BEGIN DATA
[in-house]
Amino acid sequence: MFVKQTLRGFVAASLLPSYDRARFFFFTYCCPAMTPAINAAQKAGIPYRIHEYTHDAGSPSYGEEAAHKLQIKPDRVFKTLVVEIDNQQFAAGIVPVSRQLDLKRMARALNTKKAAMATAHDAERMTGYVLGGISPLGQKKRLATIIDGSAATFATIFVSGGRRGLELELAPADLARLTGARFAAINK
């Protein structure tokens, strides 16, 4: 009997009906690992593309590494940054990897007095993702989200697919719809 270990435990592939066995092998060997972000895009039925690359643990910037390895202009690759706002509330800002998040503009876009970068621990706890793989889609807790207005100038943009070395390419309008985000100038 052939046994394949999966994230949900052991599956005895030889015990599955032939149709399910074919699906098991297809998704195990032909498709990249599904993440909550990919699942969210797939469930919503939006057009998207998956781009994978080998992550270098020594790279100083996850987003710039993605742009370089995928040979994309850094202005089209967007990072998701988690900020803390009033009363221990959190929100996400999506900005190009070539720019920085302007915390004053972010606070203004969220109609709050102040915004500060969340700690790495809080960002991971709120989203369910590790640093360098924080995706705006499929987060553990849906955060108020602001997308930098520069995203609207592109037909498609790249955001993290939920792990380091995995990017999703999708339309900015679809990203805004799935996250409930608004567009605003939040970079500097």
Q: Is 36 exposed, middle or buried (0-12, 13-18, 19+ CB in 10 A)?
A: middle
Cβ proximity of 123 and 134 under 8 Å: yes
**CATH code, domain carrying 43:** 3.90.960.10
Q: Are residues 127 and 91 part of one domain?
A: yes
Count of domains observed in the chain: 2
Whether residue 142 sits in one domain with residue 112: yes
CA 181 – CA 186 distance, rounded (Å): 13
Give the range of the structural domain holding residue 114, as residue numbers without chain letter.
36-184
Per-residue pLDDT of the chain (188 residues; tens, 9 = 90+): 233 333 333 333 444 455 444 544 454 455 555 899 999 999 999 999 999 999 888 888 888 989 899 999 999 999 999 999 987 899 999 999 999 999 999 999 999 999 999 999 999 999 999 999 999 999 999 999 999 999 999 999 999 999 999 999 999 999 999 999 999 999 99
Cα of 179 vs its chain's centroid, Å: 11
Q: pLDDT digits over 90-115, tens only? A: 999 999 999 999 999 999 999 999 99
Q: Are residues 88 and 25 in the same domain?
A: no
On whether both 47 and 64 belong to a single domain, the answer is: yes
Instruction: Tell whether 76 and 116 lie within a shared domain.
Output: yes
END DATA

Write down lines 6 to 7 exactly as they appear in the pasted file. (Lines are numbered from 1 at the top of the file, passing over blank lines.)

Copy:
Cβ proximity of 123 and 134 under 8 Å: yes
**CATH code, domain carrying 43:** 3.90.960.10